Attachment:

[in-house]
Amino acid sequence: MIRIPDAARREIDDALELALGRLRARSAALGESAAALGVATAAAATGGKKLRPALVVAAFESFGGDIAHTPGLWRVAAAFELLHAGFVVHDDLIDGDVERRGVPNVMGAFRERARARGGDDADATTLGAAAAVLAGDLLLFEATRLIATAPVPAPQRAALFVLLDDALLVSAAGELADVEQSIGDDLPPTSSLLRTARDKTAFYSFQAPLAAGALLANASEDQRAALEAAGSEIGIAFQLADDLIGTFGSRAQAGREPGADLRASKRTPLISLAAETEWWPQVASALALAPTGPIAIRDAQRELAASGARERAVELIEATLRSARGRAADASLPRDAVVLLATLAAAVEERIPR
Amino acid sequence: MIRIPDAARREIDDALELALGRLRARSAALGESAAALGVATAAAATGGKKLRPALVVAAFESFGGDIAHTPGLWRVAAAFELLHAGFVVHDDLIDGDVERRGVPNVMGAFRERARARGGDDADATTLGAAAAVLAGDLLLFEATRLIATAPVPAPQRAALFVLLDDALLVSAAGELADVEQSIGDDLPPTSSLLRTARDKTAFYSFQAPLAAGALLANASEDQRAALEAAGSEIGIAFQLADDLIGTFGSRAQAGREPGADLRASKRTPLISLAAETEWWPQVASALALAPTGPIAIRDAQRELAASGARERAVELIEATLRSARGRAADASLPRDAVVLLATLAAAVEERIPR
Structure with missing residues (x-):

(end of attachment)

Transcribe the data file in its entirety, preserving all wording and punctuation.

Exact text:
[in-house]
Amino acid sequence: MIRIPDAARREIDDALELALGRLRARSAALGESAAALGVATAAAATGGKKLRPALVVAAFESFGGDIAHTPGLWRVAAAFELLHAGFVVHDDLIDGDVERRGVPNVMGAFRERARARGGDDADATTLGAAAAVLAGDLLLFEATRLIATAPVPAPQRAALFVLLDDALLVSAAGELADVEQSIGDDLPPTSSLLRTARDKTAFYSFQAPLAAGALLANASEDQRAALEAAGSEIGIAFQLADDLIGTFGSRAQAGREPGADLRASKRTPLISLAAETEWWPQVASALALAPTGPIAIRDAQRELAASGARERAVELIEATLRSARGRAADASLPRDAVVLLATLAAAVEERIPR
Amino acid sequence: MIRIPDAARREIDDALELALGRLRARSAALGESAAALGVATAAAATGGKKLRPALVVAAFESFGGDIAHTPGLWRVAAAFELLHAGFVVHDDLIDGDVERRGVPNVMGAFRERARARGGDDADATTLGAAAAVLAGDLLLFEATRLIATAPVPAPQRAALFVLLDDALLVSAAGELADVEQSIGDDLPPTSSLLRTARDKTAFYSFQAPLAAGALLANASEDQRAALEAAGSEIGIAFQLADDLIGTFGSRAQAGREPGADLRASKRTPLISLAAETEWWPQVASALALAPTGPIAIRDAQRELAASGARERAVELIEATLRSARGRAADASLPRDAVVLLATLAAAVEERIPR
Structure with missing residues (x-):